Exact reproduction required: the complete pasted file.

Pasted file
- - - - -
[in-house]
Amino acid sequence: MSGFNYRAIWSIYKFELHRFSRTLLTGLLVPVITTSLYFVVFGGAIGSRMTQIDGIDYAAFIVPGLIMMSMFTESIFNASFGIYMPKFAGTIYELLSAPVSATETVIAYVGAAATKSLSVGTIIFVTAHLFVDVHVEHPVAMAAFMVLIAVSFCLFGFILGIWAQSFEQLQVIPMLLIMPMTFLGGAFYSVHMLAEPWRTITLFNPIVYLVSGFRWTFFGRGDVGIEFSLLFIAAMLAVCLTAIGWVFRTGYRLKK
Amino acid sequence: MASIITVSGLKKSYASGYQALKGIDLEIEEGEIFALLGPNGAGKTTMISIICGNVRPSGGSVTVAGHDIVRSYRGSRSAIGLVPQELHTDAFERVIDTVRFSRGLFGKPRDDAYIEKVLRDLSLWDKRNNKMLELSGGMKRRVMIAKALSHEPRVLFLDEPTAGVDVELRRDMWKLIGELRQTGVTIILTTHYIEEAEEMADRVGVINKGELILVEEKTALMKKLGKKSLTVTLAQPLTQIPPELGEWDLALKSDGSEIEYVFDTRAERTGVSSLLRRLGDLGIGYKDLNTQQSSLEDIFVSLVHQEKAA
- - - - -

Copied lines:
[in-house]
Amino acid sequence: MSGFNYRAIWSIYKFELHRFSRTLLTGLLVPVITTSLYFVVFGGAIGSRMTQIDGIDYAAFIVPGLIMMSMFTESIFNASFGIYMPKFAGTIYELLSAPVSATETVIAYVGAAATKSLSVGTIIFVTAHLFVDVHVEHPVAMAAFMVLIAVSFCLFGFILGIWAQSFEQLQVIPMLLIMPMTFLGGAFYSVHMLAEPWRTITLFNPIVYLVSGFRWTFFGRGDVGIEFSLLFIAAMLAVCLTAIGWVFRTGYRLKK
Amino acid sequence: MASIITVSGLKKSYASGYQALKGIDLEIEEGEIFALLGPNGAGKTTMISIICGNVRPSGGSVTVAGHDIVRSYRGSRSAIGLVPQELHTDAFERVIDTVRFSRGLFGKPRDDAYIEKVLRDLSLWDKRNNKMLELSGGMKRRVMIAKALSHEPRVLFLDEPTAGVDVELRRDMWKLIGELRQTGVTIILTTHYIEEAEEMADRVGVINKGELILVEEKTALMKKLGKKSLTVTLAQPLTQIPPELGEWDLALKSDGSEIEYVFDTRAERTGVSSLLRRLGDLGIGYKDLNTQQSSLEDIFVSLVHQEKAA